fat lady3Yogi Berra taught us all that it ain’t over til the fat lady sings!  The process of recovery has a similar final act.

To the general public, the term “recovery” is seen as “someone who is trying to stop using alcohol or other drugs.” (NCADD)   It then follows that the process of recovery is accomplished when we stop using.  Achieving the thing we call sobriety.

The Substance Abuse and Mental Health Services Administration (SAMHSA) recently undertook to quantify what the process of recovery might look like.  Their work yielded this definition:  “Recovery is a process of change whereby individuals work to improve their own health and wellness and to live a meaningful life in a community of their choice while striving to achieve their full potential.”

That last phrase “striving to achieve their full potential” is to be sung by the fat lady. Quitting is not enough.  Sobriety does not equal recovery, it is just the first verse of the aria.

The underlying philosophy of AA is that we stop drinking, straighten out our lives and serve others.  It is in the serving of others that we begin to find that “full potential” thing.  Getting outside of ourselves far enough that we can do some good for others.  We are not capable of that until we have some good sobriety.

Our addictions are grown in fields of dysfunction.  The meadows of self pity, entitlement, selfishness, arrogance, fear, anxiety, anger or perhaps the back forty of pain, loneliness,  and brokenness.  We become the personification of “We want what we want, when we want it!”  Cleaning up the character defects and ridding our growing fields of the behaviors that support the process of addiction takes a lot of work after we find sobriety.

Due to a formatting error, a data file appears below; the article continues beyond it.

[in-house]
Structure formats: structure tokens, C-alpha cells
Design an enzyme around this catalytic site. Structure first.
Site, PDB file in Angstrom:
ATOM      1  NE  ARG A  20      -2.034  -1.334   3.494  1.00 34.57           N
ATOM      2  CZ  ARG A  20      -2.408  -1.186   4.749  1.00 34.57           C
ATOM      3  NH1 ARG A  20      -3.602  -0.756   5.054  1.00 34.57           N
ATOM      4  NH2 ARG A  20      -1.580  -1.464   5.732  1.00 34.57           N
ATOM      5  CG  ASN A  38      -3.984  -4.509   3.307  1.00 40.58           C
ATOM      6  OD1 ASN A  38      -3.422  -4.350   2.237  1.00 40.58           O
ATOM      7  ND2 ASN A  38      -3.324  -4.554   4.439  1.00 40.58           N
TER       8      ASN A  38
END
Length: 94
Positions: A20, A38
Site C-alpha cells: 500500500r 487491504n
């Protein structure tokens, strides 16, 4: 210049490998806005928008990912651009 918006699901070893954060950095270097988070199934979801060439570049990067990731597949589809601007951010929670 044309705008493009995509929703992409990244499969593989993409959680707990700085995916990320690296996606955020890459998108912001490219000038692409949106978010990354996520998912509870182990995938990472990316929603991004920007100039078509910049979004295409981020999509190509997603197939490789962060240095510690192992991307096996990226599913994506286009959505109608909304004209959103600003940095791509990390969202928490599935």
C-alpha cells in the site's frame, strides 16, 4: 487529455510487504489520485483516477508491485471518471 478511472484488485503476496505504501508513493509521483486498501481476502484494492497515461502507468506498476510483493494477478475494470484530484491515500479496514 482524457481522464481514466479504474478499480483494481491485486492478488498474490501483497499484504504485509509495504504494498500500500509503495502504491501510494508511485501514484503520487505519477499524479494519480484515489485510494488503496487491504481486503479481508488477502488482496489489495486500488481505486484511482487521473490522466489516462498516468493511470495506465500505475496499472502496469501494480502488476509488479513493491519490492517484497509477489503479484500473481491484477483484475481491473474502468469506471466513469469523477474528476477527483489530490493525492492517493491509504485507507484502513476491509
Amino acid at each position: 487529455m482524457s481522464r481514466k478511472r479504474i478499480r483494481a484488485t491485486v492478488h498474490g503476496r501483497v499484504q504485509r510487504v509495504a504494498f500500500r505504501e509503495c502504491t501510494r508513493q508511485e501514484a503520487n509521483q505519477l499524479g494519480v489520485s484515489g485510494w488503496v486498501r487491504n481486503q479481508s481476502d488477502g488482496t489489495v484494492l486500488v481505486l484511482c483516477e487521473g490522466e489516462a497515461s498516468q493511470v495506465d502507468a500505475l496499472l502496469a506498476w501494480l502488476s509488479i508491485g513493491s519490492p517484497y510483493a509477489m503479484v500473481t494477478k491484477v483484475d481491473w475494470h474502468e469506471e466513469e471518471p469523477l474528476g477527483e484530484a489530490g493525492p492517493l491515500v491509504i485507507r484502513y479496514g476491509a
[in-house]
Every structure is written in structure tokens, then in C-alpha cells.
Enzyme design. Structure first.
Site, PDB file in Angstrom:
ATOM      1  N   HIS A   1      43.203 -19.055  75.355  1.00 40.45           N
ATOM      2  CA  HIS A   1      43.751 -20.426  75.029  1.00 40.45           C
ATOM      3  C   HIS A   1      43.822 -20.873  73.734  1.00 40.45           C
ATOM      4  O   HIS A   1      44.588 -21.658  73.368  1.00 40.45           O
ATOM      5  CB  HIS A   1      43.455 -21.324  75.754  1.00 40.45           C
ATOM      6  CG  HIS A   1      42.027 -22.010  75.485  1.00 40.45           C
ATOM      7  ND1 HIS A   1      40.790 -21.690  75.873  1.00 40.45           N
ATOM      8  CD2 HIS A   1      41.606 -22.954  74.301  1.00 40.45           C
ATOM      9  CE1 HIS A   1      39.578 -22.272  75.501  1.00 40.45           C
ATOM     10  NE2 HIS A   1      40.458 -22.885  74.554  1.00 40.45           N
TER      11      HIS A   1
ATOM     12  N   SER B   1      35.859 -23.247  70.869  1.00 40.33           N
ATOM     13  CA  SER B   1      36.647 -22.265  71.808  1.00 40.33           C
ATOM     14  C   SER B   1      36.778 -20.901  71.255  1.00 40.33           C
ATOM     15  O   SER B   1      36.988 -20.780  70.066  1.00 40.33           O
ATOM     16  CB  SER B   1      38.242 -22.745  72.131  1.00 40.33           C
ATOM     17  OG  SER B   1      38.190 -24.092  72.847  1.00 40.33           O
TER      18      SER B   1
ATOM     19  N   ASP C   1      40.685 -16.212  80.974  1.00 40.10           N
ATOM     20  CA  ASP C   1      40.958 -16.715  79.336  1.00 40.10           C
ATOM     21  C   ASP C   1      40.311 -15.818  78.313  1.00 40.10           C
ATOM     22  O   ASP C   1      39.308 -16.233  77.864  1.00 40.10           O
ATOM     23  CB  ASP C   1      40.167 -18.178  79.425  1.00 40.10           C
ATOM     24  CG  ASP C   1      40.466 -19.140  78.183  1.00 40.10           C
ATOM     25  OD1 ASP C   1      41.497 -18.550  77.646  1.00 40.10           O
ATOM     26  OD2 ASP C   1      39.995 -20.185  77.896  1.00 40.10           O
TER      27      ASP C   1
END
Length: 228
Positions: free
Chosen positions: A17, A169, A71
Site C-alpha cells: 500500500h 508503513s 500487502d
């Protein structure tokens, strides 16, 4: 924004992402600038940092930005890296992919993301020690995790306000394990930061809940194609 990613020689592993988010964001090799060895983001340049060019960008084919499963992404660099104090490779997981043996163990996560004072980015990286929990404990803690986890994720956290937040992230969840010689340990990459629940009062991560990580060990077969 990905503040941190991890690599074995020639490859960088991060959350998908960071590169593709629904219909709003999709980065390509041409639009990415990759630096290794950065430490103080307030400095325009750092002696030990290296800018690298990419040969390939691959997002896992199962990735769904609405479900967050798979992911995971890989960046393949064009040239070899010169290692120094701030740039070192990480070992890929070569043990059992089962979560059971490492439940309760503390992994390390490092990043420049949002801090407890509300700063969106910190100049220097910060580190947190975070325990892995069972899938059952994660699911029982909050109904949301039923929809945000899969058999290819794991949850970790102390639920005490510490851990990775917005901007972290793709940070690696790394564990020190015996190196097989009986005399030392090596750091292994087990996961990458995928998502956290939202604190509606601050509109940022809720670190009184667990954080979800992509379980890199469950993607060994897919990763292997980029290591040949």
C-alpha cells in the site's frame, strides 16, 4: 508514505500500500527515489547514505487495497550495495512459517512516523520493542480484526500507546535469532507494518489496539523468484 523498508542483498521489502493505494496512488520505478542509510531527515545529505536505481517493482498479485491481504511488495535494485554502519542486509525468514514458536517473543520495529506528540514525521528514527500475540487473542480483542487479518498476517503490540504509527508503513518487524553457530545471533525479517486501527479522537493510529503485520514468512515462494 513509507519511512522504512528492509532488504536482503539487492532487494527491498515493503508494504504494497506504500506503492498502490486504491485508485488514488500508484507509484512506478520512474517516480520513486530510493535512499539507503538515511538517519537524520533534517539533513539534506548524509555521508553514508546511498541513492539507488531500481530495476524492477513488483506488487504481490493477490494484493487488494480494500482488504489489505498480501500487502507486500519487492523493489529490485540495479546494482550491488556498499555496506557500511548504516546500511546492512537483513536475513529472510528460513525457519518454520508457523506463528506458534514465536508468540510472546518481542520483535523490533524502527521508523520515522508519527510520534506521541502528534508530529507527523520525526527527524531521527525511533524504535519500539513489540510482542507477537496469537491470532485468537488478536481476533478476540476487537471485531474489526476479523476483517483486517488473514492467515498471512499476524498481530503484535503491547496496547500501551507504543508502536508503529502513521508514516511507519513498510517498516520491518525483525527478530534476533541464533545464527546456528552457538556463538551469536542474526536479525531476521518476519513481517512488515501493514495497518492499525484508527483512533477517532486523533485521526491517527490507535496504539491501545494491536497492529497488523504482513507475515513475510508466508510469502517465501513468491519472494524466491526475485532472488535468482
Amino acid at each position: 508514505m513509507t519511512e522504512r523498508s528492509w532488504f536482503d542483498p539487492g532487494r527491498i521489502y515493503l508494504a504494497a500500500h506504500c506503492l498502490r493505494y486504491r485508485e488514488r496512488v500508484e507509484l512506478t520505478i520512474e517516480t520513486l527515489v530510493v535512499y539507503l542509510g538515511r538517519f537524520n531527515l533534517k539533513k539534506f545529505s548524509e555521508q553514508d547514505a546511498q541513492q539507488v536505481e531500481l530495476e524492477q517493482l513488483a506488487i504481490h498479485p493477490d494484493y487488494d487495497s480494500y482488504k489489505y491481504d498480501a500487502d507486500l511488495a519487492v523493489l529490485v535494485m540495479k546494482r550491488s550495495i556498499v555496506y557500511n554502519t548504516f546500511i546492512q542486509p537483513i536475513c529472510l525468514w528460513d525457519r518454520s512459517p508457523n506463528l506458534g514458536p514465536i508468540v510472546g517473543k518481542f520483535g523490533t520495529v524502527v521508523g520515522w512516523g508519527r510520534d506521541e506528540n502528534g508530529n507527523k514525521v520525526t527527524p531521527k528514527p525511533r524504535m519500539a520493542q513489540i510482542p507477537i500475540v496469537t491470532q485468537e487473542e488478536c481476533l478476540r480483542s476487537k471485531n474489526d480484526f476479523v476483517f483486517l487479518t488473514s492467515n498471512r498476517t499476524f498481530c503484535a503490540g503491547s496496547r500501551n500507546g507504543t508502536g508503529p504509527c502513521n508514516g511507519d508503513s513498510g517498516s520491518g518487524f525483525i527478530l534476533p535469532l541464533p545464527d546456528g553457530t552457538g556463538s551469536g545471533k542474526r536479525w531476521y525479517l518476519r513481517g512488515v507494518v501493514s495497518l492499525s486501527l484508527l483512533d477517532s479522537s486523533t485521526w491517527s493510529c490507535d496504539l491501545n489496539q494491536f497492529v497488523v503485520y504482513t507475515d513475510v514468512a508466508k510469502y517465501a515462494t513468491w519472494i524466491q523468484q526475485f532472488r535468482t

In fact we don’t get much done until we find sobriety, it brings the clarity we need to see our dysfunctions.  The truth about ourselves, not the lies we love to tell ourselves or the justifications and rationalizations from our “pretend world” fashioned from the building blocks of our denial.  Counselors, sponsors, and other helpers can help us with clarity before our own sobriety can manufacture it. But again, this verse is in the early part of the song.

The final descants begin when we have come far enough that we can assist others.  We can cover or as St James says “hide” a multitude of our sins through helping others turn away from addiction.  The service changes us.  It changes our heart. For many of us, it must needs be a “mighty” change.

The play though tragic can become beautiful with the correct ending.  The aria is magnificent if we can just sing to the end.